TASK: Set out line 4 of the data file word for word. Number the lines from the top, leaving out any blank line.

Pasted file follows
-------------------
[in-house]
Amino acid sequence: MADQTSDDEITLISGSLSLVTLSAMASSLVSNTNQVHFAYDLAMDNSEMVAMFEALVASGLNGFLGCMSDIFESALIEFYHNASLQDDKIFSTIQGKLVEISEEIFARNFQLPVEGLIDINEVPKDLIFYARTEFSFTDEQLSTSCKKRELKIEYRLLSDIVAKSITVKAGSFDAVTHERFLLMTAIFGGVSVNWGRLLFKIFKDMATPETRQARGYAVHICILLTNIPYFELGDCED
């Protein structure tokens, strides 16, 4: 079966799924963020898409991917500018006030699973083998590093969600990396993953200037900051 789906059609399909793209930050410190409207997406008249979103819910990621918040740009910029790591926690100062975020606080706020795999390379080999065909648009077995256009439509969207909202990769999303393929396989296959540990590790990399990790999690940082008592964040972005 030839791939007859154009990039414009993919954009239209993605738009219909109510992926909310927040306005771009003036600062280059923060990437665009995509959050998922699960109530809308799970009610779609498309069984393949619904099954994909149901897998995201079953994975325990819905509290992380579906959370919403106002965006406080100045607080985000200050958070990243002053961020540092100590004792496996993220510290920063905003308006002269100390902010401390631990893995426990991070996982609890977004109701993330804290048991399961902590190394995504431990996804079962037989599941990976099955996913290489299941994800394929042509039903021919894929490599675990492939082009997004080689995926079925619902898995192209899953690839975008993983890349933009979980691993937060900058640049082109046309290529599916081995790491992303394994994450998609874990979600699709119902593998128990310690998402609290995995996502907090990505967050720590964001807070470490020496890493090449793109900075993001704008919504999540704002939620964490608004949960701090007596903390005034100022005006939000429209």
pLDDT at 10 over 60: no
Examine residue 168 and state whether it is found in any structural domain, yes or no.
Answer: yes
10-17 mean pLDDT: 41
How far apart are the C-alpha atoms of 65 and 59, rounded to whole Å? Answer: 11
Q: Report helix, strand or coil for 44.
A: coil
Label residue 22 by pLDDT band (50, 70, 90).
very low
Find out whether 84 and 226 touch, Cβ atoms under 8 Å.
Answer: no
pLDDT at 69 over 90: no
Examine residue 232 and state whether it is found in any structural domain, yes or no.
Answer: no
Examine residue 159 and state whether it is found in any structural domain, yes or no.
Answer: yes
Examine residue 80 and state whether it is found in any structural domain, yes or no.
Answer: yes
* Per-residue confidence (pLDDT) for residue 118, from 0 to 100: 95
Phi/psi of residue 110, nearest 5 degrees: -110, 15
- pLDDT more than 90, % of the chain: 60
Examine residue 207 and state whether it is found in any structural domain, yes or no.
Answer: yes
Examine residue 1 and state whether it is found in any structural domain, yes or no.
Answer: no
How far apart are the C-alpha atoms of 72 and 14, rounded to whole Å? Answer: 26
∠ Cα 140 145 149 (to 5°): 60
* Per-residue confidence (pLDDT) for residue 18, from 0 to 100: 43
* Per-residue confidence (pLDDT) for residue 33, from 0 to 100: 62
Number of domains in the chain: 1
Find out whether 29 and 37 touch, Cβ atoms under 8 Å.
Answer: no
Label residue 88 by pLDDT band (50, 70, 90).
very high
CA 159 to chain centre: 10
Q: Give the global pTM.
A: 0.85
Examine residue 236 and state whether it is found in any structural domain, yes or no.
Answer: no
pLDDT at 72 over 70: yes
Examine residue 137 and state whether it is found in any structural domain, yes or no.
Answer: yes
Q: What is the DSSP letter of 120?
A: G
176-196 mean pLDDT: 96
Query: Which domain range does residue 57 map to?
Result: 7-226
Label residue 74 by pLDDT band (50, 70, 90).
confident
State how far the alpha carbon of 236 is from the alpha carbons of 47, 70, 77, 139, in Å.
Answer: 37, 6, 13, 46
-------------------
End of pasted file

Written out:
pLDDT at 10 over 60: no